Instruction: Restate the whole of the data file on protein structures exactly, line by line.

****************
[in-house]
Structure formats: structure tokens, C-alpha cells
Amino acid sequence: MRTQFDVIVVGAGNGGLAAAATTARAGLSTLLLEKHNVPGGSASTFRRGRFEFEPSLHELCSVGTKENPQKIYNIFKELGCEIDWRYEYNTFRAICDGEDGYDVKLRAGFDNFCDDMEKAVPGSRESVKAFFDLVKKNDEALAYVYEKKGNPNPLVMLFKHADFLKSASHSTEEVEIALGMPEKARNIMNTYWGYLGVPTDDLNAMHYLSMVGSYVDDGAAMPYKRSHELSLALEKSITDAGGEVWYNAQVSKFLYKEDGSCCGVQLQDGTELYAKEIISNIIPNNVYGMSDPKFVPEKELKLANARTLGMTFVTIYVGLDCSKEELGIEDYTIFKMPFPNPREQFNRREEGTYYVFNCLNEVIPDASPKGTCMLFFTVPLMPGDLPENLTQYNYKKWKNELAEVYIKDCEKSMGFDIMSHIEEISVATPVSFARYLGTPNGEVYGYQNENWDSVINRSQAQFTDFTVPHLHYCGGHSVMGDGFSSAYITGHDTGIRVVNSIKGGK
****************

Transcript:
[in-house]
Structure formats: structure tokens, C-alpha cells
Amino acid sequence: MRTQFDVIVVGAGNGGLAAAATTARAGLSTLLLEKHNVPGGSASTFRRGRFEFEPSLHELCSVGTKENPQKIYNIFKELGCEIDWRYEYNTFRAICDGEDGYDVKLRAGFDNFCDDMEKAVPGSRESVKAFFDLVKKNDEALAYVYEKKGNPNPLVMLFKHADFLKSASHSTEEVEIALGMPEKARNIMNTYWGYLGVPTDDLNAMHYLSMVGSYVDDGAAMPYKRSHELSLALEKSITDAGGEVWYNAQVSKFLYKEDGSCCGVQLQDGTELYAKEIISNIIPNNVYGMSDPKFVPEKELKLANARTLGMTFVTIYVGLDCSKEELGIEDYTIFKMPFPNPREQFNRREEGTYYVFNCLNEVIPDASPKGTCMLFFTVPLMPGDLPENLTQYNYKKWKNELAEVYIKDCEKSMGFDIMSHIEEISVATPVSFARYLGTPNGEVYGYQNENWDSVINRSQAQFTDFTVPHLHYCGGHSVMGDGFSSAYITGHDTGIRVVNSIKGGK